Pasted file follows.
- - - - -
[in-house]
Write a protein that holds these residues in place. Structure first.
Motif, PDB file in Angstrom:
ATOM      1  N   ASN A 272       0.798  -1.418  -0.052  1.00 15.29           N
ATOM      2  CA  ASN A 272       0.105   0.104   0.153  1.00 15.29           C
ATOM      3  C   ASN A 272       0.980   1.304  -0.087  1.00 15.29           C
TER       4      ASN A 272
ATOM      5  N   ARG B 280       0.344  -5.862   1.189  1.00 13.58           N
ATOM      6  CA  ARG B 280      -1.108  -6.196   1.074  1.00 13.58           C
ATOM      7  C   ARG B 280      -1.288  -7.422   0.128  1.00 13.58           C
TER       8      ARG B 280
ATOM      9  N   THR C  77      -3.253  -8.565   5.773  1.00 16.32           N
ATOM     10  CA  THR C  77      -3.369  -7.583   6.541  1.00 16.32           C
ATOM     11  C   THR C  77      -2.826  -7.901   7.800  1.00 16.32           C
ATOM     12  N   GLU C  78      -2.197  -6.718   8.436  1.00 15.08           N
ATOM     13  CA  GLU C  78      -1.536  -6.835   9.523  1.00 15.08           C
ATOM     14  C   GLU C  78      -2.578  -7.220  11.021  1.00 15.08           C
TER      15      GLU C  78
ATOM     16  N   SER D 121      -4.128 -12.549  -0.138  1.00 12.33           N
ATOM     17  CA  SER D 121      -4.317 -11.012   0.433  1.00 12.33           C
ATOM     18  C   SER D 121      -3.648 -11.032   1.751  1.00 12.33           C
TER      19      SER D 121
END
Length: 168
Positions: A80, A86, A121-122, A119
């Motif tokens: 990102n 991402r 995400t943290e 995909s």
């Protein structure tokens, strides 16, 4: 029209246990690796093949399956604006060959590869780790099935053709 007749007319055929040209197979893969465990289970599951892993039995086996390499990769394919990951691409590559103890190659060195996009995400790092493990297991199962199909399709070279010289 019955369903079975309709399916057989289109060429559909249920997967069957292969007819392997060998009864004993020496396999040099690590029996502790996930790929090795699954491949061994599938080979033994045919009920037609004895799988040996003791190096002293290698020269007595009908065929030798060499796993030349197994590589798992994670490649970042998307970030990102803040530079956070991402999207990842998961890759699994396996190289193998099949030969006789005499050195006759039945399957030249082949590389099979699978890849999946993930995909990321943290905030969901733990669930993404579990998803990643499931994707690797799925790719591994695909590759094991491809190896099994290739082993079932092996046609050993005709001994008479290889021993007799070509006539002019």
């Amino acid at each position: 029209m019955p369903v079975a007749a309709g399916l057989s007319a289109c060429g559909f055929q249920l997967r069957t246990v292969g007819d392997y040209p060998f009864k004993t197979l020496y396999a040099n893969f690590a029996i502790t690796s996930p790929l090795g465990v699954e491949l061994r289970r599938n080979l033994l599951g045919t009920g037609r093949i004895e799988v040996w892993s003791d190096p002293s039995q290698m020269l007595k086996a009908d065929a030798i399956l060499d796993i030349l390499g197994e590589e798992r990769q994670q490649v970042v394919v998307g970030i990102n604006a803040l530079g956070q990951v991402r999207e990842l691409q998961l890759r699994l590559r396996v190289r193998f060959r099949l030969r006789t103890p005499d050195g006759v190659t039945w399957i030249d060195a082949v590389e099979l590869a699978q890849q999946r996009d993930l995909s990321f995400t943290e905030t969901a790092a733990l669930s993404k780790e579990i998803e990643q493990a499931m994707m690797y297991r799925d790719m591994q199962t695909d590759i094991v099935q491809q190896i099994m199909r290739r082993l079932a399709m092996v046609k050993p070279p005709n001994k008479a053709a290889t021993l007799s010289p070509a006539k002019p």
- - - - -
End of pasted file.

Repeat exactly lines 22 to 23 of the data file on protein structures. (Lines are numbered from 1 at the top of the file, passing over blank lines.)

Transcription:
TER      19      SER D 121
END